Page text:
Referee: Ferdinand Marschall (Austria)

West Germany
Soviet Union
GK1Sepp Maier
SW5Franz Beckenbauer (c)
RB2Horst-Dieter Höttges
CB4Hans-Georg Schwarzenbeck
LB3Paul Breitner
DM6Herbert Wimmer
CM8Uli Hoeneß
CM10Günter Netzer 44'
RW9Jupp Heynckes
LW11Erwin Kremers
CF13Gerd Müller
Manager:
Helmut Schön
GK1Yevhen Rudakov
RB2Revaz Dzodzuashvili
CB3Murtaz Khurtsilava (c) 66'
CB12Volodymyr Kaplychnyi 44'
LB13Yuriy Istomin
CM7Volodymyr Troshkin
CM6Viktor Kolotov
CM14Anatoliy Konkov 46'
RF8Anatoly Baidachny
CF9Anatoliy Banishevskiy 66'
LF18Volodymyr Onyshchenko
Substitutions:
MF15Oleg Dolmatov 46'
FW11Eduard Kozynkevych 66'
Manager:
Oleksandr Ponomarov

Post-match

All but one of UEFA's team of the tournament had featured in the final, including seven West Germany and three Soviet Union players.[3] The top three in the 1972 Ballon d'Or were also West Germany players: Beckenbauer won the title while Müller and Netzer shared the runner-up position.[38] Belgium player Paul Van Himst who had faced West Germany in the semi-final suggested that they were "the best ever German team".[39] Müller later noted that "we didn't fear the Russians in the final ... Everything worked well. The team worked, the coach worked, it was great. The team was on a roll and we won. That final was the best of the lot."[40] With his four goals in the previous month's friendly, Müller had scored six times in two matches against the Soviet Union.[41]

West Germany finished the next international tournament, the 1974 FIFA World Cup as champions, beating the Netherlands 21 in the 1974 FIFA World Cup Final.[42] The Soviet Union failed to qualify for the finals of the 1974 World Cup when they refused to play the second leg of the UEFA–CONMEBOL play-off match against Chile in Santiago, following the 1973 coup d'état.[43][44]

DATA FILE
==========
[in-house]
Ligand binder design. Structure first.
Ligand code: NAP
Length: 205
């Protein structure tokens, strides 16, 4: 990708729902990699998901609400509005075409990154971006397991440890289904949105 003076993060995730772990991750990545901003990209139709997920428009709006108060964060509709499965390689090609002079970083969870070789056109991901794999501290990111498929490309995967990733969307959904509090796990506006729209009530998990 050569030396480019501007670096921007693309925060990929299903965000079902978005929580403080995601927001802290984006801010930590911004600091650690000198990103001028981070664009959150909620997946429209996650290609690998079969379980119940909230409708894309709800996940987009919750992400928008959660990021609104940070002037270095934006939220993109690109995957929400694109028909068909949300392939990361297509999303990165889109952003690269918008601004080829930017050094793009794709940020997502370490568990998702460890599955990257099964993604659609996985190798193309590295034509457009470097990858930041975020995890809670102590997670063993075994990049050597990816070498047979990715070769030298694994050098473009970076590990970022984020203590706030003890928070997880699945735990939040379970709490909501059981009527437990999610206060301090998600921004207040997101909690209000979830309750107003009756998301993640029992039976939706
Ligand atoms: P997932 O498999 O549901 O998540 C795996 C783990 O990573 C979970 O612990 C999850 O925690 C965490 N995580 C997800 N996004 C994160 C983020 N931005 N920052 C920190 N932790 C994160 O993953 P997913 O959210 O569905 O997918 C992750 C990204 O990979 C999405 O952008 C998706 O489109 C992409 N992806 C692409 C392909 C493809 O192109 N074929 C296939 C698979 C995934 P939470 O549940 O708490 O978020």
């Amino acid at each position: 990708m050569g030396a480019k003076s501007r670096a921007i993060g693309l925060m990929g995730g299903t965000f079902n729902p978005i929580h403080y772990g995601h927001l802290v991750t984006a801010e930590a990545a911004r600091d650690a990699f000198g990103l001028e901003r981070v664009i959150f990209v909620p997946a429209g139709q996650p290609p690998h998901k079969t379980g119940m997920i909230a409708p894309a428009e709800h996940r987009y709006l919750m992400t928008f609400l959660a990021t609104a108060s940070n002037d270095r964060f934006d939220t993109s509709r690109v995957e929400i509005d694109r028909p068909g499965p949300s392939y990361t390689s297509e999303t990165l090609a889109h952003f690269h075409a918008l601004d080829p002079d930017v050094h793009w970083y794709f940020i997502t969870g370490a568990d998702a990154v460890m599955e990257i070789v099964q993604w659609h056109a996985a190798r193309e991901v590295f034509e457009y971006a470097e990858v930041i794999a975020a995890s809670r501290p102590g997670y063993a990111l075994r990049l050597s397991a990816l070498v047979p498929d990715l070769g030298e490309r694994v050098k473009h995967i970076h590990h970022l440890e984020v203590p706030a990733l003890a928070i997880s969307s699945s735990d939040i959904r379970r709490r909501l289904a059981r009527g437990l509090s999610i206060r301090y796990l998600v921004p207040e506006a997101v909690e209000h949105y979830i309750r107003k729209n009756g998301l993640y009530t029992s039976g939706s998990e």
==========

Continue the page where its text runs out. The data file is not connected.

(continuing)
Notes

  1. The attendance has been erroneously reported as 16,590, but the crowd was contemporaneously described by Vernon Leslie in the World Soccer magazine as "... about 32 Belgians at the start, 1,000 Hungarians, and the members of an obviously overstaffed Soviet embassy".[31][32][33]

References

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  2. O'Brien 2021, pp. 7379.
  3. "EURO 1972: all you need to know". UEFA. 13 February 2020. Archived from the original on 21 June 2021. Retrieved 6 July 2021.
  4. O'Brien 2021, pp. 54–55, 57.
  5. Stokkermans, Karel; Tabeira, Martín (7 February 2007). "European Championship 1968". RSSSF. Archived from the original on 8 May 2015. Retrieved 6 July 2021.
  6. Glanville 1993, p. 187.
  7. "Germany national football team: record v USSR". 11v11. AFS Enterprises. Archived from the original on 17 January 2019. Retrieved 6 July 2021.
  8. "Germany v Turkey, 17 October 1970". 11v11. AFS Enterprises. Archived from the original on 9 July 2021. Retrieved 6 July 2021.
  9. "Albania v Germany, 17 February 1971". 11v11. AFS Enterprises. Archived from the original on 9 July 2021. Retrieved 6 July 2021.
  10. "Turkey v Germany, 25 April 1971". 11v11. AFS Enterprises. Archived from the original on 9 July 2021. Retrieved 6 July 2021.
  11. "Germany v Albania, 12 June 1971". 11v11. AFS Enterprises. Archived from the original on 21 September 2020. Retrieved 6 July 2021.
  12. "Poland v Germany, 10 October 1971". 11v11. AFS Enterprises. Archived from the original on 9 July 2021. Retrieved 6 July 2021.
  13. "Germany v Poland, 17 November 1971". 11v11. AFS Enterprises. Archived from the original on 9 July 2021. Retrieved 6 July 2021.
  14. Stokkermans, Karel; Tabeira, Martín (31 January 2007). "European Championship 1972". RSSSF. Archived from the original on 30 June 2015. Retrieved 6 July 2021.